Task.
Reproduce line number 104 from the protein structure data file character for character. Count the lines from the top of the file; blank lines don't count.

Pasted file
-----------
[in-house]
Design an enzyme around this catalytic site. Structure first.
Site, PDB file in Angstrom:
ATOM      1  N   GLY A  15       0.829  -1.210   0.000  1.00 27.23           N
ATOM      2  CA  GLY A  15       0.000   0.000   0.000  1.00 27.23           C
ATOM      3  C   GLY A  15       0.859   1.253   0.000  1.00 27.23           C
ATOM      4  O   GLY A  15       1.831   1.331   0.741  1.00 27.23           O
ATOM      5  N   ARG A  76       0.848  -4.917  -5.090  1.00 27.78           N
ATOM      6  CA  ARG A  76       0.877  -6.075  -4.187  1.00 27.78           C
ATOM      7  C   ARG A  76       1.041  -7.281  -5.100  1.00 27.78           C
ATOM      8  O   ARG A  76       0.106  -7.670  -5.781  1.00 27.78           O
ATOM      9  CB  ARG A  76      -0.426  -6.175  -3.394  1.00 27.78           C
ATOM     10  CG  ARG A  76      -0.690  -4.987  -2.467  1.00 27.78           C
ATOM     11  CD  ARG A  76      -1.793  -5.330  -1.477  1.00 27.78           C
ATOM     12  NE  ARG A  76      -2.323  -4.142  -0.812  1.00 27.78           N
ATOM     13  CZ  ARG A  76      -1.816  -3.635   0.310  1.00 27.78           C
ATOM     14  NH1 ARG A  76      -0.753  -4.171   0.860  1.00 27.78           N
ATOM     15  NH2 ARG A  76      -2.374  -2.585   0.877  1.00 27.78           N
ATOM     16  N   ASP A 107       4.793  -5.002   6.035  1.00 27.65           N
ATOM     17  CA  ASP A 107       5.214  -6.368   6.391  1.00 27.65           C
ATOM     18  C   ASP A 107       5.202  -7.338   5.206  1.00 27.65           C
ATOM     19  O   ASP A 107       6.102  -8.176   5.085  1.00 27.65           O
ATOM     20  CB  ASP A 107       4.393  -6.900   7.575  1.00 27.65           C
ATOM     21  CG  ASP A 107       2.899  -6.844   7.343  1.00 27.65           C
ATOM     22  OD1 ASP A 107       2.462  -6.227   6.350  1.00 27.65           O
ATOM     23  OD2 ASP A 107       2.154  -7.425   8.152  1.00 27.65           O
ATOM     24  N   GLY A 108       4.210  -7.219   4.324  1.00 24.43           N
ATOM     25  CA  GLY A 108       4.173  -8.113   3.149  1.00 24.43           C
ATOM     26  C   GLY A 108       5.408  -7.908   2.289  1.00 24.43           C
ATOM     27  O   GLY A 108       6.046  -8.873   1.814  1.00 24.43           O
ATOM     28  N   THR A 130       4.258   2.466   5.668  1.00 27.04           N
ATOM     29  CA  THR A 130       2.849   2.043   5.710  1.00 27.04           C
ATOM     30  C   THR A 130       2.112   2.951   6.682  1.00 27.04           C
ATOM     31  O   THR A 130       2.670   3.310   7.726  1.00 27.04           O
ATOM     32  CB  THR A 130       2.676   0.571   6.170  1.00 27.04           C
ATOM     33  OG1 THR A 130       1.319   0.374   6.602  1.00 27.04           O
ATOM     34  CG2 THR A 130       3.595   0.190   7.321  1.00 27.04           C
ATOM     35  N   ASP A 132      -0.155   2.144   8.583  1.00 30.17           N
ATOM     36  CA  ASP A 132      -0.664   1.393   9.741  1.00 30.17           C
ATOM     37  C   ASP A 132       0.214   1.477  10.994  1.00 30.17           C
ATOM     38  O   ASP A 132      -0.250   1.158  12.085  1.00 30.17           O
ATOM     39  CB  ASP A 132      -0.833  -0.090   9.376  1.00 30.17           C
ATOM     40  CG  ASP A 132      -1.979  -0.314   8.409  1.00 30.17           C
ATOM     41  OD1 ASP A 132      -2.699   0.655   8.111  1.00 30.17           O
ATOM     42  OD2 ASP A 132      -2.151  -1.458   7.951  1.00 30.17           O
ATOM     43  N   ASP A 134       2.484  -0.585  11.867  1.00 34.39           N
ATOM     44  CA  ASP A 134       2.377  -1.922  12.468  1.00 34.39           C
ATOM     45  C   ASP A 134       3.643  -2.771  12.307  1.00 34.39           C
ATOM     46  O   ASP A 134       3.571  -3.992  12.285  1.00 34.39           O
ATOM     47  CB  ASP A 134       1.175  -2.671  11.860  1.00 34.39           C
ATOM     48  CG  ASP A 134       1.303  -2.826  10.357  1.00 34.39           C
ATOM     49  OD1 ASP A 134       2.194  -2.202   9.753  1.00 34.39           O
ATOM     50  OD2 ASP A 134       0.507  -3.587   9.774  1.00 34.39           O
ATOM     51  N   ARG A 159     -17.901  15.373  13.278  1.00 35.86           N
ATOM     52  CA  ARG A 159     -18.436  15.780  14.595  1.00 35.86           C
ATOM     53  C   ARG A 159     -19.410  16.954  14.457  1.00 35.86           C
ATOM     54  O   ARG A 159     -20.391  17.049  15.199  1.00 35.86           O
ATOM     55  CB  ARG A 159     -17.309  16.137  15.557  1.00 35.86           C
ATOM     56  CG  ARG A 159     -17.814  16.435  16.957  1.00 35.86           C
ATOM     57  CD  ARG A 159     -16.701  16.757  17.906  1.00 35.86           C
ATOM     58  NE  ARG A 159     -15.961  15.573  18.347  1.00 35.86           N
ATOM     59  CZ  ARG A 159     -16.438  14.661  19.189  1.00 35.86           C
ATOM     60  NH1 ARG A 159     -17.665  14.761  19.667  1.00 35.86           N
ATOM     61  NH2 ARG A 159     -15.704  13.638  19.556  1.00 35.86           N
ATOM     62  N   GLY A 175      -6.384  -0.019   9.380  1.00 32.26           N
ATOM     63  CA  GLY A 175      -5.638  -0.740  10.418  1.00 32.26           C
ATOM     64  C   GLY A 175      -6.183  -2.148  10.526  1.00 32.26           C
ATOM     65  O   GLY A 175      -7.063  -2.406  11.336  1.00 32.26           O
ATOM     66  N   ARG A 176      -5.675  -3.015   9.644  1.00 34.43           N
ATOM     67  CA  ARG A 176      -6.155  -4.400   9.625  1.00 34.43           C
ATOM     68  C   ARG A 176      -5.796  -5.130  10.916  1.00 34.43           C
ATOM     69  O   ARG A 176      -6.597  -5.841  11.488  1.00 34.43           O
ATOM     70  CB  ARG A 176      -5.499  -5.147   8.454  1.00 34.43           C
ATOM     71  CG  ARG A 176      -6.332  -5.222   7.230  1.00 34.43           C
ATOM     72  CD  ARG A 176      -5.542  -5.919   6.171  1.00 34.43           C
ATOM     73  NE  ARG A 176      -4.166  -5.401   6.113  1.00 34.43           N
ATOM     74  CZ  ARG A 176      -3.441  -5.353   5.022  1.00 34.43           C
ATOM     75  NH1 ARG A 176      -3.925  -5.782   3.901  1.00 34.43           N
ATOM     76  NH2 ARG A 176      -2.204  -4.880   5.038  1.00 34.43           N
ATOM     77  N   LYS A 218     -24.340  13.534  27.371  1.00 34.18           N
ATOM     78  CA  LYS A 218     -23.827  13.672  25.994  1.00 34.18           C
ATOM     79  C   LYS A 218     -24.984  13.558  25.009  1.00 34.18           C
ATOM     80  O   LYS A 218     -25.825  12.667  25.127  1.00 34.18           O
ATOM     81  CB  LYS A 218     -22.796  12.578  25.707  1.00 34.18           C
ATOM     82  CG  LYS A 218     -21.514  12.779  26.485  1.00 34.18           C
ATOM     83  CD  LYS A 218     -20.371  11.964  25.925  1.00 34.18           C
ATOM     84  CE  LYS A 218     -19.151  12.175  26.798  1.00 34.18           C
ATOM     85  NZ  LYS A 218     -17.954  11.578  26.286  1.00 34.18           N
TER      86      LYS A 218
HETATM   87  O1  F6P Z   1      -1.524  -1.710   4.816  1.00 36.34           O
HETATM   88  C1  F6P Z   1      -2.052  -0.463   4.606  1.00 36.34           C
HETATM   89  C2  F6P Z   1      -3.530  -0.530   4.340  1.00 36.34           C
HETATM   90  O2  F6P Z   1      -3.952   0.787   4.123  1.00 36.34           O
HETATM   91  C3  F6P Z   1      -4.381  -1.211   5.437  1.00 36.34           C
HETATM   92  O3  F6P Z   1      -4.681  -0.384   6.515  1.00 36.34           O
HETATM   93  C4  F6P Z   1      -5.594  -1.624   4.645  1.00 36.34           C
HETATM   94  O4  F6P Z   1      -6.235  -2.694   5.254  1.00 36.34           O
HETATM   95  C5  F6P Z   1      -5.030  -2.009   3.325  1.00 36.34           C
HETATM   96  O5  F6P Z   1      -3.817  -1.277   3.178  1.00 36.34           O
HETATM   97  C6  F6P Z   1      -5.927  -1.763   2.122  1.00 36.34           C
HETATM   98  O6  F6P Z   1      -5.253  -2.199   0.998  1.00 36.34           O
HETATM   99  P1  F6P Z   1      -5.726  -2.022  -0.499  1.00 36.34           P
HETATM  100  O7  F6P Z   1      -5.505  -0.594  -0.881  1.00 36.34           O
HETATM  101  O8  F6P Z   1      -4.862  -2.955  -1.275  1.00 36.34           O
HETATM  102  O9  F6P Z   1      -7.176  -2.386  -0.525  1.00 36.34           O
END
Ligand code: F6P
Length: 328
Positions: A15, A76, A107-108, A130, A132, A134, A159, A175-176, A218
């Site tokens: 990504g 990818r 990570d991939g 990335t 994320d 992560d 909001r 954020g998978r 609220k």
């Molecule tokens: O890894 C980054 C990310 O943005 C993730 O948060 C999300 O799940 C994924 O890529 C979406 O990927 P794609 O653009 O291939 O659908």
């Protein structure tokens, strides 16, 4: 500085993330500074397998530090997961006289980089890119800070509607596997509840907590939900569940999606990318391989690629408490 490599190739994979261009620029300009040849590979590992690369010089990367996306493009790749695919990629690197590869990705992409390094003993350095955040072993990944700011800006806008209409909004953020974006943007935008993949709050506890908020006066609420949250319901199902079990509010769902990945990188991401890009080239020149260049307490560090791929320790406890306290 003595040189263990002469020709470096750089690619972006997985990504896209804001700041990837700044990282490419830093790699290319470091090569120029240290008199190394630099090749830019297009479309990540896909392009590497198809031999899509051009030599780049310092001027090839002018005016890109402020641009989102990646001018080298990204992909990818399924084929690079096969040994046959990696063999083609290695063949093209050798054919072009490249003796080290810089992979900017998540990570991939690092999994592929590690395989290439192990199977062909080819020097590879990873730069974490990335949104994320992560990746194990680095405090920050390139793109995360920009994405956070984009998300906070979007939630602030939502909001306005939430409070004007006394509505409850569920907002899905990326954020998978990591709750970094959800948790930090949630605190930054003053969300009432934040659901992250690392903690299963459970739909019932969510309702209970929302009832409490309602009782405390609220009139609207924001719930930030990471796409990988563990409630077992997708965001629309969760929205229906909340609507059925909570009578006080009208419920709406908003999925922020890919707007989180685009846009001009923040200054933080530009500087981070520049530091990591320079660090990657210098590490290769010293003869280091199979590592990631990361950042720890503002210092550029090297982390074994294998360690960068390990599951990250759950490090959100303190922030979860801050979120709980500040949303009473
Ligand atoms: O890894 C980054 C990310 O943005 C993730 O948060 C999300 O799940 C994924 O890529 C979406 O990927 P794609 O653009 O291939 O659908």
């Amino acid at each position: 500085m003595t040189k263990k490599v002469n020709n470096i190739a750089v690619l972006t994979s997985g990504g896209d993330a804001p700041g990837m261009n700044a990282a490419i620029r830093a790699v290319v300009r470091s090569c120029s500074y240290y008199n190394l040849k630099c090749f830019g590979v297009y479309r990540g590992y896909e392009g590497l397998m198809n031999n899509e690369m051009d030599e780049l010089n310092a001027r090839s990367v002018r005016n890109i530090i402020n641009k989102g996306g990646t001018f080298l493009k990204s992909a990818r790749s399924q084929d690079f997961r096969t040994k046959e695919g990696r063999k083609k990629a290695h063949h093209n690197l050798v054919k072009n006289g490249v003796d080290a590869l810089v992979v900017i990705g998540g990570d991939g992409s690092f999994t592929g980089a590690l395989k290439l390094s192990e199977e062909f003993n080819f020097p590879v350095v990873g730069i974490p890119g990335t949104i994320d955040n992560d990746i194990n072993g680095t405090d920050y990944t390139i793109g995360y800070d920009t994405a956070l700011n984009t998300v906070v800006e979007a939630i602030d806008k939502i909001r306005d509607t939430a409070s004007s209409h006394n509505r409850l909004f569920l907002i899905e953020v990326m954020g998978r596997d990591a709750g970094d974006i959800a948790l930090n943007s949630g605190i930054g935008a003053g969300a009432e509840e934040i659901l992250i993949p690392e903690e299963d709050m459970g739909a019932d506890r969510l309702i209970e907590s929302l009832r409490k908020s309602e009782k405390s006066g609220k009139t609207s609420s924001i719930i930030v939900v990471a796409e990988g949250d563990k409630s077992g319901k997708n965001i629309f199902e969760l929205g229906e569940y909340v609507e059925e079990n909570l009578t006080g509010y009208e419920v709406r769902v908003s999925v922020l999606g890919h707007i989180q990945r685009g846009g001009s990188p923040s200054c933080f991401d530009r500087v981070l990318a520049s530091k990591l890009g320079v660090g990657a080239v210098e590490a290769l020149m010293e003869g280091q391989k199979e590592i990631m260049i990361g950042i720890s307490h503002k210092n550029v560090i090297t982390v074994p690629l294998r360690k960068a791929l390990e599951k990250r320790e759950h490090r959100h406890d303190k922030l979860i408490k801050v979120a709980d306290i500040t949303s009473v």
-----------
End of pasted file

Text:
HETATM  101  O8  F6P Z   1      -4.862  -2.955  -1.275  1.00 36.34           O